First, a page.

‘However, even if you have received your vaccine, you must continue to wash your hands, wear a face covering, maintain a social distance and keep your close contacts to a minimum.’


Professor Philip Nolan, chair of the NPHET Irish Epidemiological Modelling Advisory Group, said: ‘We are making continued and significant progress, albeit more slowly. The reproduction number remains below 1, between 0.6 and 0.9, which is a real achievement given the higher transmissibility of the B.1.1.7 variant, which accounts for 90% of cases. Our collective efforts to suppress transmission of the virus and bring the disease to manageable levels are having a positive impact. If we continue to work together, we can keep each other safe as the vaccination programme offers wider protection.’


Dr Cillian De Gascun, medical virologist and director of the National Virus Reference Laboratory said: “New variants of concern will continue to emerge as Covid-19 adapts to us. This highlights the importance of Ireland’s National Surveillance programme. This week, we will be sequencing 15% of cases at the NVRL.’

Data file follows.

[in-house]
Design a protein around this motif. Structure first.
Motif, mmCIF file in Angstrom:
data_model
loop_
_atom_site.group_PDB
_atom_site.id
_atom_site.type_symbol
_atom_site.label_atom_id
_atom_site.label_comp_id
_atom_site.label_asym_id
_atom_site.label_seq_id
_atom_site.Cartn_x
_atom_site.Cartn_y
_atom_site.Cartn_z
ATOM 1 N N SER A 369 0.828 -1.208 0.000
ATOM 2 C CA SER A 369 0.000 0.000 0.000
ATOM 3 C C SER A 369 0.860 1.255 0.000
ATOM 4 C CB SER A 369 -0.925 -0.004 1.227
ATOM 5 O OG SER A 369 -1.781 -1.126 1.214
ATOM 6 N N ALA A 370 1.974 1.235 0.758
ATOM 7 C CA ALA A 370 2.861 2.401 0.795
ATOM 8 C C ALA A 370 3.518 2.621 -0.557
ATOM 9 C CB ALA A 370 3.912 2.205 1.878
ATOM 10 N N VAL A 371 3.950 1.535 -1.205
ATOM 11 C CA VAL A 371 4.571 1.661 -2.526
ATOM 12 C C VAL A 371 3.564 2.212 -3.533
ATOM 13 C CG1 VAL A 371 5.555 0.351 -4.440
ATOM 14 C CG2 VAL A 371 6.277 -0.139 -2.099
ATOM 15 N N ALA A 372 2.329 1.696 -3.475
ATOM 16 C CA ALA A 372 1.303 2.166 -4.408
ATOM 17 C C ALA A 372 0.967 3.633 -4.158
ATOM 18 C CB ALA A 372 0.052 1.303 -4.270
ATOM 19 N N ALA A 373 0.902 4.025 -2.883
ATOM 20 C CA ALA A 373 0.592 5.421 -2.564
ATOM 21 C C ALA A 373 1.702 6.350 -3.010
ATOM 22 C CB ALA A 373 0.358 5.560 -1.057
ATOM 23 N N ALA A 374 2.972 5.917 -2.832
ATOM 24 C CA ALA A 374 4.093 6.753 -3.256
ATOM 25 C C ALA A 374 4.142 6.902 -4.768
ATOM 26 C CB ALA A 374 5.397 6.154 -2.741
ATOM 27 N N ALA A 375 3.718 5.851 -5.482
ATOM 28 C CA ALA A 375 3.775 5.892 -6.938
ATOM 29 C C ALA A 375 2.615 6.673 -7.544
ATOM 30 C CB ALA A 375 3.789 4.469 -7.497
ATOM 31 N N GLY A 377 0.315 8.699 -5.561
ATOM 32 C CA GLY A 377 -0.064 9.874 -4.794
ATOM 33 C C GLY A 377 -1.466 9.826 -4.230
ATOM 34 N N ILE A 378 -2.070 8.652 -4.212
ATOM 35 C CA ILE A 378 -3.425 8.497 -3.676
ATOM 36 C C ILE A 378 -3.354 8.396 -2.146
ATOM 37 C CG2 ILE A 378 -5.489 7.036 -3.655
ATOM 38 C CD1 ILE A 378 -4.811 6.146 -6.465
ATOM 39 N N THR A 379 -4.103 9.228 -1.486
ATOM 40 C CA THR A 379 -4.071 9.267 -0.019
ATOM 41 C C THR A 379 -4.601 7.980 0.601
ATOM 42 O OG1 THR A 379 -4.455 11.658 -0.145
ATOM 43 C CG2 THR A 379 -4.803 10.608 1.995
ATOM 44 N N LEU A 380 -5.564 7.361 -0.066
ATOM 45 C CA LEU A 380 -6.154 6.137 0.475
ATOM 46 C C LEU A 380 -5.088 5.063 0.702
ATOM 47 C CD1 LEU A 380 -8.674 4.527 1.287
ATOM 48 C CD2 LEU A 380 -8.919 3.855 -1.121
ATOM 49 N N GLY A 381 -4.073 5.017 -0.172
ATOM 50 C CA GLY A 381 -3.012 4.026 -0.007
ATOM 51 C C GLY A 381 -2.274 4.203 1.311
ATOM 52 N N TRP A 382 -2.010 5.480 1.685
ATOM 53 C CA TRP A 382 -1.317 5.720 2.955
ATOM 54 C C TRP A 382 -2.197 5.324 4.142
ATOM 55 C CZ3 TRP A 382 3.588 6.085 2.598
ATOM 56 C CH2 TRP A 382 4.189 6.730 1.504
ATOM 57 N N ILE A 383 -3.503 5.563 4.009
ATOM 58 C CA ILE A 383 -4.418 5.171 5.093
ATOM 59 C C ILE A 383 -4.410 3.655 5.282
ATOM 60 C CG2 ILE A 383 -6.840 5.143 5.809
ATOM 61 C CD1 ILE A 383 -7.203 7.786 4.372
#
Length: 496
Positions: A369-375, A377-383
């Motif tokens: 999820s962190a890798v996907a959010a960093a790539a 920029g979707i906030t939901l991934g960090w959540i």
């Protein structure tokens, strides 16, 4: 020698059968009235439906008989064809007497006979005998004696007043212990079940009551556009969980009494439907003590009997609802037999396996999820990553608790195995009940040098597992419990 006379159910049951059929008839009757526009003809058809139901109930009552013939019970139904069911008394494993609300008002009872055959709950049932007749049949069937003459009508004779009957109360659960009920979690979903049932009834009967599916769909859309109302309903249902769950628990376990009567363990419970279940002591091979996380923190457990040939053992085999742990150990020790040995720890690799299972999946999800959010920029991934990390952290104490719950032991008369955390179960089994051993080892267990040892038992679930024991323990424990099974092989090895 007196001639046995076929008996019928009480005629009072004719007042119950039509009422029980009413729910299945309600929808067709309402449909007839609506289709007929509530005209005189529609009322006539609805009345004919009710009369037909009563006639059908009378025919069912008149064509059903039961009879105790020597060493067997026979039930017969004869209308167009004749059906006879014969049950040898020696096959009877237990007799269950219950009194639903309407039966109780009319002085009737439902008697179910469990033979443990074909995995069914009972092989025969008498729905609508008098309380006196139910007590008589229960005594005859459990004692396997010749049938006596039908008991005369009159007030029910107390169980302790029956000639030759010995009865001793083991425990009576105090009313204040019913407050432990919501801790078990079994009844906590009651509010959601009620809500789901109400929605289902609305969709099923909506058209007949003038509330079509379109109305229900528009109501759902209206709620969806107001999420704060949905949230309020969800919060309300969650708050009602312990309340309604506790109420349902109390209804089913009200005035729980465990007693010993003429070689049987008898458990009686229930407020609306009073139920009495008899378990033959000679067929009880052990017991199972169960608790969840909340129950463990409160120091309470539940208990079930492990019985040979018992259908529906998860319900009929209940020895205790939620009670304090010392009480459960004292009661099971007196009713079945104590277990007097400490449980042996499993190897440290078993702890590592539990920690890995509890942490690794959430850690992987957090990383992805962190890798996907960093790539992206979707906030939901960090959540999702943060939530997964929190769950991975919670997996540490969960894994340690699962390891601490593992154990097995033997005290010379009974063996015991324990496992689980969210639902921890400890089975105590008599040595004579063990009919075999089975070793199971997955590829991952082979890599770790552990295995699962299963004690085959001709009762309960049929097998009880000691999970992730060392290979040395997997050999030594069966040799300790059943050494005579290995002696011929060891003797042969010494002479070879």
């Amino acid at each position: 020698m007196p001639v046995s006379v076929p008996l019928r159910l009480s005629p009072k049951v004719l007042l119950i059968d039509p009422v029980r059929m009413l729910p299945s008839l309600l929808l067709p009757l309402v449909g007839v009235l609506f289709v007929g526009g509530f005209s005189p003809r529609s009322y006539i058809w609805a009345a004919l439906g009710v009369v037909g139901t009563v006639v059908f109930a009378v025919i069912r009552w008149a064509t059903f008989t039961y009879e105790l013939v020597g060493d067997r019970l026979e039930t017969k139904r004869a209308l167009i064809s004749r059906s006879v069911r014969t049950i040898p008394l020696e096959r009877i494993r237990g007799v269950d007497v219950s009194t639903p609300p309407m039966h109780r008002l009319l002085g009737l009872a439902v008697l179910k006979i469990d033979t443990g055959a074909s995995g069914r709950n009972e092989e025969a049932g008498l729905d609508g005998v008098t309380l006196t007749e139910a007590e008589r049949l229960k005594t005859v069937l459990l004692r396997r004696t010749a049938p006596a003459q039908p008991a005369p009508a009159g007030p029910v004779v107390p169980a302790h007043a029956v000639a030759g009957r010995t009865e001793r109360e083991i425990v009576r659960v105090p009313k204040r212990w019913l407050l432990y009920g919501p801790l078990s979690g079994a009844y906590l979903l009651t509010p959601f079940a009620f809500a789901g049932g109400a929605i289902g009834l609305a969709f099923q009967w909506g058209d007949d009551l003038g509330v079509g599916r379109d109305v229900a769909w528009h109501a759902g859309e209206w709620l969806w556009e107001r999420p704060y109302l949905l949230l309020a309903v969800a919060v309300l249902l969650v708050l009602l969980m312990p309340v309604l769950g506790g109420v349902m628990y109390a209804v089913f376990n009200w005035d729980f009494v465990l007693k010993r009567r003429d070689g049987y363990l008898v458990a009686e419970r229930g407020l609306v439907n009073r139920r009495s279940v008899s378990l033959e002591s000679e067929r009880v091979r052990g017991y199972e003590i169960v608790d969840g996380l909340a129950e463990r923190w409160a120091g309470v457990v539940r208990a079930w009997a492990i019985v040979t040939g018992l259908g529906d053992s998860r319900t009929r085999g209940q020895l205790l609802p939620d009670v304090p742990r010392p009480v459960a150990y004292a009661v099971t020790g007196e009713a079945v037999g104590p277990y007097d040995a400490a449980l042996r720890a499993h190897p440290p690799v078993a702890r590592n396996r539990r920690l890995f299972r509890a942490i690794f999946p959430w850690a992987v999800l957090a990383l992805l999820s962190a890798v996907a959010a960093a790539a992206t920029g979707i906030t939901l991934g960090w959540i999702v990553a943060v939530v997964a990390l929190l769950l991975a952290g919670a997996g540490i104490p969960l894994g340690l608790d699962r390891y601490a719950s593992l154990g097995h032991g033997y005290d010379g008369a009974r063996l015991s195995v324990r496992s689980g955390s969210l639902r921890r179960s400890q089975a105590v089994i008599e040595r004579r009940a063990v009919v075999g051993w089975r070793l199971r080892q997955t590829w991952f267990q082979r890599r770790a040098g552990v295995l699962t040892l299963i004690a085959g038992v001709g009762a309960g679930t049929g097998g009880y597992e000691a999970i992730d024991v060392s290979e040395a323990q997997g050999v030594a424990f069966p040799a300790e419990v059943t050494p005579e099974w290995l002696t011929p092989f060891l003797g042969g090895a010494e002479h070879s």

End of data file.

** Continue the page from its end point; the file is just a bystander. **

The COVID-19 Dashboard provides up-to-date information on the key indicators of Covid-19 in the community including daily data on Ireland’s COVID-19 Vaccination Programme.


*Validation of data at the HPSC has resulted in the denotification of 5 confirmed cases. The figure of 217,478 cases reflects this.


**County data should be considered provisional as the national Computerised Infectious Disease Reporting System (CIDR) is a dynamic system and case details are continually being validated and updated.


Today’s cases, 5-day moving average of new cases, 14-day incidence rate per 100,000 population and new cases in last 14 days (as of midnight 21 February 2021) (incidence rate based on Census 2016 county population)


County Today's cases**

(to midnight 24Feb2021)

5-Day Moving Average of New Cases 14-day incidence rate per 100,000 population

(to 24Feb2021)

New Cases during last 14 days

(to 24Feb2021)

Ireland 613 625 226.1 10767
Offaly 33 21 402.8 314
Galway 26 34 315.4 814
Dublin 224 225 309.7 4173
Longford <5 6 288.7 118
Laois 9 13 278.6 236
Limerick 39 41 275 536
Westmeath 34 19 274.9 244
Monaghan 9 9 265.5 163
Louth 29 23 264.6 341
Kildare 28 36 261.6 582
Waterford 10 17 247.9 288
Mayo 8 19 245.2 320
Meath 37 27 235.3 459
Carlow 9 7 210.8 120
Cavan <5 9 210 160
Tipperary 17 21 194.9 311
Leitrim 8 3 193.5 62
Donegal 23 23 164.6 262
Clare 8 14 160.8 191
Wexford 6 6 133.6 200
Wicklow 5 10 106 151
Roscommon 5 5 105.4 68
Kilkenny 5 7 97.8 97
Sligo <5 4 97.7 64
Cork 24 20 80.9 439
Kerry 7 6 36.6 54

~The 5-day moving average of the number of new cases provides an appropriate indicator of current daily case numbers within a county. It takes account of any validation of cases for previous days and smooths out daily/weekend fluctuations in case numbers.


  • 7 day incidence is 102.3
  • 5-day moving average is 625